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What No One Tells You About Life and Leadership

Alan Andersen

We've discussed that perpetual hunger is a key characteristic of a healthy leader. But let's pause for a moment to clarify this metaphorical "hunger".

I recently met with my OD (Organization Development) mastermind group (technically we’re a book club, but let’s not put labels on things). Imagine a group of highly smart, articulate leaders that head up Learning and Development departments for hundreds of employees. It is an absolute privilege to reflect on how to be a better leader with these masters.

As we talked shop our discussion took a brief pivot on to the topic of “hunger”. Hunger in ourselves, in our employees, in the marketplace, etc. I expressed my belief that it is tremendously difficult to remain hungry in the context of America, especially as an employed professional in our marketplace.

Think about it, typically an employee has a predetermined annual salary and providing he or she does their job at a “satisfactory” standard there is usually an opportunity for a raise and/or bonus (side note: a bonus is a functional myth, but that is a topic for next time).

This is a big problem! The root of this problem is our topic at hand.

What I believe no one will tell you, or at least we don't discuss enough, is this reality:

To sustain a healthy life and leadership, in part, you must live hungry.

I'll share our central point in another and far more compelling way.

Toward the latter part of Socrates life, one of his pupils approached him and stated, “I want wisdom the way that you have wisdom”. Socrates response was noted as being, “Let’s go for a walk.”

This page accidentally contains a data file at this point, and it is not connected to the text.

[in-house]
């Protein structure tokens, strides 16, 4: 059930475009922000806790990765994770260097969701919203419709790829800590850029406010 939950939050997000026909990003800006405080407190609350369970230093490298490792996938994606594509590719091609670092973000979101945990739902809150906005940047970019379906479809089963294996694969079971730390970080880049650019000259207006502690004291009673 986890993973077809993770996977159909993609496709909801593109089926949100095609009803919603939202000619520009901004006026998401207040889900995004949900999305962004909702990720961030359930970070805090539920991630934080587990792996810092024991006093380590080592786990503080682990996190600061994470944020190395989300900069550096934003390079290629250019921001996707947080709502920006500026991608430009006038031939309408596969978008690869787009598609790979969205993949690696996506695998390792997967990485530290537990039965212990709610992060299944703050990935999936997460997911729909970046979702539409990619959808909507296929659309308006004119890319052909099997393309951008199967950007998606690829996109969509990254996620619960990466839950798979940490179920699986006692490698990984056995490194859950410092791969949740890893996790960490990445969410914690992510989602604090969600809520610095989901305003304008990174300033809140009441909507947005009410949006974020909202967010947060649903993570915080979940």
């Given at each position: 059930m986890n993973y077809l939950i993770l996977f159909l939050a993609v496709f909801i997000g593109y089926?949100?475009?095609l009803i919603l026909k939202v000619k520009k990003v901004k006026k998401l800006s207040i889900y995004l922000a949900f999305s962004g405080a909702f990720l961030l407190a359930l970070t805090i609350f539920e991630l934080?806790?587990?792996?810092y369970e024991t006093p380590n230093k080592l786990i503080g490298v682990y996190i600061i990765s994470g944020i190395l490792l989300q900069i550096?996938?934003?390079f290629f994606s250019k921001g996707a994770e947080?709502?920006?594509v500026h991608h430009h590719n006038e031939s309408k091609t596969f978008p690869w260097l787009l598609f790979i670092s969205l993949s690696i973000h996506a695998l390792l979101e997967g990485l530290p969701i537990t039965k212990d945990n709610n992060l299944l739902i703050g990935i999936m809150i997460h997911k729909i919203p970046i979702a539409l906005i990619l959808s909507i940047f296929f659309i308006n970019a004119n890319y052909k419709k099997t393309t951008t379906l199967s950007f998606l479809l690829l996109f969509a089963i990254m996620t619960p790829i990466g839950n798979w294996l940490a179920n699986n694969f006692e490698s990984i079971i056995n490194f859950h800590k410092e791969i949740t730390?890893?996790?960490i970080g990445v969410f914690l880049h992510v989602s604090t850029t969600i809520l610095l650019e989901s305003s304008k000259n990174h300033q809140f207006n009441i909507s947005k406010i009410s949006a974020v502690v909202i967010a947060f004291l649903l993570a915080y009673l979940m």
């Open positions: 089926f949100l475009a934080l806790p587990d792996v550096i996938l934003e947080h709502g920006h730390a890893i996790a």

The two go on a walk, walking through the town and down to a nearby lake. Socrates leads them both into the water. Once the water is up to their waist, Socrates surprisingly takes his compadres head and fully submerges it into the water!

For some context this pupil is allegedly Plato. And what most people don’t know about Socrates is that he was said to have been a valiant soldier. So not only was he philosophical, he was also scrappy.

Now initially Plato shared that he thought, “What pithy thing am I supposed to learn here?” But that thought quickly faded into a fight for his life. His arms began flailing, body started jerking in an attempt to get a fresh breath of air.

However, Socrates literally kept Plato’s head under water until the last possible moment. At which point Socrates pulls Plato’s head up from under the water and says, “When you are fighting to learn wisdom the way that you were fighting for the last breath of air, then you are ready to begin learning. Until then, you are not even ready for wisdom.”

Wow, love that parable! And while we need to be aware that this story may or may not be true, what is completely accurate is the concept. The paramount question we should consider asking is...

“Am I fighting to sustain a healthy life and equally healthy leadership?”

I assure you that if you’re not growing, you’re dying, albeit slowly. The way to live long is to live healthy and continue growing. So let's at least take our pulse on the level of hunger we have been exhibiting in our life and leadership.  Are we on cruise control or is there evidence that we are bringing our A-Game to each of the 168-hours in a given 7 day week?

In closing, I understand that “hungry” will look different for all of us. But don't miss out on the opportunity to see if you're still growing. Our short Socrates-Plato fable serves us well. It is a sobering reminder that we must continually live and lead from a hungry mindset. 

Pulling for you,

Alan Andersen

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